Assume for simplicity that the magnitude of 2U is greater than the magnitude of.

Between the top and the bottom the pressure difference is

(4)

And the pressure gradient across the cylinder is

(5)

Pressure is lower on top of the cylinder; the pressure force points up. Equation (5) gives the irrotational pressure force (Magnus force) on the cylinder along the vertical line passing through the cylinder’s center. In general the speed and the frequency in (5) are independent variables (for rolling motion they are related).

3. New Foundation

Begin again with a steady frictionless flow, from left to right, past a cylinder that is not rotating. Far from the cylinder the velocity of the fluid is constant in magnitude, U, and uniform in direction, but this time no irrotational assumption is made. Normal to the mean flow and at the top of the cylinder the z-axis points up. In this two-dimensional problem the flow around the cylinder cross-section is in the x-z plane, and the long axis of the cylinder is in the y-direction.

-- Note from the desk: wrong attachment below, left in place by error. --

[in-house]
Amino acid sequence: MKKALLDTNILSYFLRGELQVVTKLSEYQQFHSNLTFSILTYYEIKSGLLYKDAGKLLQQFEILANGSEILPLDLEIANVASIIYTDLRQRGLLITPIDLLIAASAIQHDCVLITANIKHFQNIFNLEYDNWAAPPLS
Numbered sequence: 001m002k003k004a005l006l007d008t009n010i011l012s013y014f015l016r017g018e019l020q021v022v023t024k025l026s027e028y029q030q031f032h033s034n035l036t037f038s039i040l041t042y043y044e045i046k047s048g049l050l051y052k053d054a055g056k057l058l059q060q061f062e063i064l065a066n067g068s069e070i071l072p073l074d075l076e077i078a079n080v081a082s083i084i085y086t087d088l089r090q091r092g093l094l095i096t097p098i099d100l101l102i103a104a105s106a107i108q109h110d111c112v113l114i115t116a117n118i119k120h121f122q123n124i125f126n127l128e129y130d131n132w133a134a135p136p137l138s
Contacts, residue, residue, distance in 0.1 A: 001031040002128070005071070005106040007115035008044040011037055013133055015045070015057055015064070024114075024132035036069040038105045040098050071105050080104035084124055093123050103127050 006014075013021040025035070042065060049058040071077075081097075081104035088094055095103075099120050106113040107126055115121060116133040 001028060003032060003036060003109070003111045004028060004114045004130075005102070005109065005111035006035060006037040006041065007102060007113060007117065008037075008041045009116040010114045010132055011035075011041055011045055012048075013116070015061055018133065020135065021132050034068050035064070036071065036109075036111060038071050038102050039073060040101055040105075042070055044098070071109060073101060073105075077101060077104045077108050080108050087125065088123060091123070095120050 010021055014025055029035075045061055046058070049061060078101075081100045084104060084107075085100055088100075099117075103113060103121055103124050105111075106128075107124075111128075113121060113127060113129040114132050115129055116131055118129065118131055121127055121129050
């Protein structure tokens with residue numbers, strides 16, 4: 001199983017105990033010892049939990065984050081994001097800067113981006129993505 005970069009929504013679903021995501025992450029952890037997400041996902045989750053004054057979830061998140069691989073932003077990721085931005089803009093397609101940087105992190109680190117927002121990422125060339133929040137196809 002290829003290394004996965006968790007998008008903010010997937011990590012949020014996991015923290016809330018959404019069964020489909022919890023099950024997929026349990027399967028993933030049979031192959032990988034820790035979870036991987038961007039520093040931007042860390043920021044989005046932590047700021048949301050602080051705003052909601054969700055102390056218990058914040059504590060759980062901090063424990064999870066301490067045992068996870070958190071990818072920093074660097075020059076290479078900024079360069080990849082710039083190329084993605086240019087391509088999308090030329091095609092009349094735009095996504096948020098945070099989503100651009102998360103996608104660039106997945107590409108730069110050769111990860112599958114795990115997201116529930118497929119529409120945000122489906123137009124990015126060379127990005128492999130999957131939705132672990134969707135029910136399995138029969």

Bernoulli’s equation along any streamline going over the top of the cylinder is

(6)

where p is the pressure, V is the speed of the flow and is the fluid density, taken constant. For ease of calculation the constant in (6) is assumed the same for all streamlines.

Fluid following a curving path anywhere above the top of the cylinder experiences an upward centrifugal force which attempts to tear the fluid away from the solid and away from itself. When the flow is steady, as often observed at low speeds, there must be an equal but opposite force to balance the centrifugal force everywhere. It can only be a pressure gradient in this situation. Therefore the force balance is